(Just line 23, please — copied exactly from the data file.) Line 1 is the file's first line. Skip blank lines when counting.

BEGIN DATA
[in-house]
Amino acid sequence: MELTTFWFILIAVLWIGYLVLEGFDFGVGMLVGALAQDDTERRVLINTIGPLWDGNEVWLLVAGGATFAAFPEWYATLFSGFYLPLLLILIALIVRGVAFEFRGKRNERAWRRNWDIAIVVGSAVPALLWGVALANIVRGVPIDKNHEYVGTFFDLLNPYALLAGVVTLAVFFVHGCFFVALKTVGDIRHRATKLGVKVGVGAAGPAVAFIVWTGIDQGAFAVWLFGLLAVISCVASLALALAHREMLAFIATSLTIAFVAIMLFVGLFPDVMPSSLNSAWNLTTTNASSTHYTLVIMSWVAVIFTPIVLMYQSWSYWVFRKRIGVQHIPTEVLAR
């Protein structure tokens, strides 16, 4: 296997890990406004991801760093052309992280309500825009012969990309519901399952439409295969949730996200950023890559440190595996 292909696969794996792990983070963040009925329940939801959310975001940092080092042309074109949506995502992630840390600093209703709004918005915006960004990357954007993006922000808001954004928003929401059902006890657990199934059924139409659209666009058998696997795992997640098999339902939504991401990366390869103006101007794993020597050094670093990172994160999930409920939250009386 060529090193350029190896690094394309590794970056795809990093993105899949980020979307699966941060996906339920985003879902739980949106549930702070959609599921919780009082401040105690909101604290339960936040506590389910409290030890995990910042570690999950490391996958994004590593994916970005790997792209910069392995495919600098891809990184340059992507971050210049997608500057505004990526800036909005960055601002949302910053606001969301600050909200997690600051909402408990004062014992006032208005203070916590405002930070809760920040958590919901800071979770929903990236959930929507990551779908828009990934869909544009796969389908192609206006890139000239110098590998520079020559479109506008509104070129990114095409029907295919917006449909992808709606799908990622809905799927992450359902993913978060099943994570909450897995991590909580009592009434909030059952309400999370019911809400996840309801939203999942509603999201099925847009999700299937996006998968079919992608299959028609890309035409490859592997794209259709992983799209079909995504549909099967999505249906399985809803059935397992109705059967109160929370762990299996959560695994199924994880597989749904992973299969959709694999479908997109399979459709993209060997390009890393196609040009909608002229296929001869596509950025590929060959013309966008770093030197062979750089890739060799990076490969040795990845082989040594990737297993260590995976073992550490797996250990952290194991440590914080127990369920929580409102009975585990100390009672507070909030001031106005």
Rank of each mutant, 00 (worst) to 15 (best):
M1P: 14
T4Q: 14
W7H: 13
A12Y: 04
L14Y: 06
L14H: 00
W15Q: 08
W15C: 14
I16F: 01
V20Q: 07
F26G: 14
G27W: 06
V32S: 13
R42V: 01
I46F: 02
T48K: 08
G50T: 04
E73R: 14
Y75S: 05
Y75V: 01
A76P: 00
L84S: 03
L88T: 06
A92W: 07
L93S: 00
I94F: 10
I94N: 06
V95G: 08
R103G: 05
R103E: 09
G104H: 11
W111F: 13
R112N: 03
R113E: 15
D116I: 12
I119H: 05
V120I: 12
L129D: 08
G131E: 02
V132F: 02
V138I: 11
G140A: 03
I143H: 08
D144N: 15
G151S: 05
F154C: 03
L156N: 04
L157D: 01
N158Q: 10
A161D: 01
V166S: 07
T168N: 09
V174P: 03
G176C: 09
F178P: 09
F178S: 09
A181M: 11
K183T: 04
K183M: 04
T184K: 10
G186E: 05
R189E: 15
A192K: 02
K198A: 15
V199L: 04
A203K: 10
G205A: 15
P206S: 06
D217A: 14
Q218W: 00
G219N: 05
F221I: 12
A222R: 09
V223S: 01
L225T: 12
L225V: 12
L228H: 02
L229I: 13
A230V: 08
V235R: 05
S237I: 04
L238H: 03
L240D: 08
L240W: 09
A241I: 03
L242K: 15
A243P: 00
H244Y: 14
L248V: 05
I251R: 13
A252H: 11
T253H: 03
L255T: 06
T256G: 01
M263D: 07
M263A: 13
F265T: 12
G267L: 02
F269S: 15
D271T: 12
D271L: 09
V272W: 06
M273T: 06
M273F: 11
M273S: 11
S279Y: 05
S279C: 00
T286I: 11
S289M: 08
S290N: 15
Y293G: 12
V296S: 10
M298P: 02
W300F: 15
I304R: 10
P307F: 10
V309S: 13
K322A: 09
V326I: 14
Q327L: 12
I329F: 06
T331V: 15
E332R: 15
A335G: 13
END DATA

Y75S: 05